Amburayan Queen is an acrylic painting by Prudencio Lamarroza. It is made in series with elements derived from ethnic designs. Lamarroza's inspiration for this series is the great Amburayan River and the ethnic culture that grows along its banks. It shows the spirit of a river as well as the symbol of nature.
His origins and childhood experiences greatly influenced his artistic works, leading him to chronicle through paintings life along the river of Amburayan, as well as other scenes inspired by his childhood.
History of the painting
The Amburayan Queen was unveiled at 6 p.m. at the start of its exhibition at the Metro Gallery in Makati City from 14 February to 28 February 1975. Art historians speculate that Lamarroza’s painting Girl with a Butterfly for the Shell art competition while he was a student was a prototype for the masterpiece.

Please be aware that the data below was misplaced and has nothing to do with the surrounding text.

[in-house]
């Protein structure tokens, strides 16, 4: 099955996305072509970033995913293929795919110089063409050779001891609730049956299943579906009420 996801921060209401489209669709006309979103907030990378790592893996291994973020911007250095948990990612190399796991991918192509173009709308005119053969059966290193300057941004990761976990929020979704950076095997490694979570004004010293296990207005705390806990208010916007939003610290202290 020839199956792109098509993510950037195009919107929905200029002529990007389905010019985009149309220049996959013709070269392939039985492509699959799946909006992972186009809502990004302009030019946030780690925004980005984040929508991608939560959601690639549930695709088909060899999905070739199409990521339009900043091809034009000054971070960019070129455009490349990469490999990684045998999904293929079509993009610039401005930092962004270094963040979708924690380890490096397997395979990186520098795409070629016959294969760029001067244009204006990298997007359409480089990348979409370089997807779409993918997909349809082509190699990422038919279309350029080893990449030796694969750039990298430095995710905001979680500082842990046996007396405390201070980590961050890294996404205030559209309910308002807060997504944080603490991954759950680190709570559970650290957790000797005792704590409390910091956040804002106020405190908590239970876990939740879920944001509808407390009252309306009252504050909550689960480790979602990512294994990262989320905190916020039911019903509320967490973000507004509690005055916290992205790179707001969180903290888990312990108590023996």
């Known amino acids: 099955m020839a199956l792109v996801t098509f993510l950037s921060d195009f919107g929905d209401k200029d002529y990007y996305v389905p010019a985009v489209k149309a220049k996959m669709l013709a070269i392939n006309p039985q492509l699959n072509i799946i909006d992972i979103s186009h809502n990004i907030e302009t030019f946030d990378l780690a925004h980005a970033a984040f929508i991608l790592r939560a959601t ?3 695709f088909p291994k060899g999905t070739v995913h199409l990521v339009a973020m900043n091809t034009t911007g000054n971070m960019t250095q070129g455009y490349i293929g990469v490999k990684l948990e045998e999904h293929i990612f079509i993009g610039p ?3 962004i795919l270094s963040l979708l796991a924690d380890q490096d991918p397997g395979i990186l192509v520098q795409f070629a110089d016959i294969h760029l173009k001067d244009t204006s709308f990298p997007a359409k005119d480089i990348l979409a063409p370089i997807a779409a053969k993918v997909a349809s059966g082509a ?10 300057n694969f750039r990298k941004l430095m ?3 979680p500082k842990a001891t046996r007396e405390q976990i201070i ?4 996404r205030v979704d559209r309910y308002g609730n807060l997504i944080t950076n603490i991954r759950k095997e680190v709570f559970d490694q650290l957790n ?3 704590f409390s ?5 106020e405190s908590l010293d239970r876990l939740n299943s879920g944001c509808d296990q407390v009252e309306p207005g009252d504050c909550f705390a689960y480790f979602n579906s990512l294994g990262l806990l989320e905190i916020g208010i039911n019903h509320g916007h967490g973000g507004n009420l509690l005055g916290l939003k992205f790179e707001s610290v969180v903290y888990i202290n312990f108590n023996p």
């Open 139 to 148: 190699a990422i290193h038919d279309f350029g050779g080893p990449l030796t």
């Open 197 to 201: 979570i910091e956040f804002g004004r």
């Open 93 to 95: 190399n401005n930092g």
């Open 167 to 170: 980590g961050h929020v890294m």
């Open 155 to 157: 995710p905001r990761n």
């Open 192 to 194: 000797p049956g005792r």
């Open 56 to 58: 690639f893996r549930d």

Along with the Amburayan Queen, his paintings of women from his home province were received well, with critics calling them unforgettable for their hypnotic and enigmatic eyes. They noted that the “great matriarchs” and women in his paintings wielded power and “challenged the assumed superiority of man… [while also] ensnaring him.”
Lamarroza eventually put together a collection of similar paintings of women from Amburayan, which he called The Amburayan Queen Series.
- Guillermo, A.G. "Altar." In CCP Encyclopedia of Philippine Art, 1st ed., Vol. 4, 220. Philippines: CCP Publications Office, 1994.
- The Artists. Lamarroza Paintings. Accessed on 3 May 2021.
- Labrador, Ana. 13 Painters for the 21st Century. Sikat Books, University of Michigan, 2009.
- The Amburayan Queen Series. Lamarroza Paintings. Accessed 3 May 2021.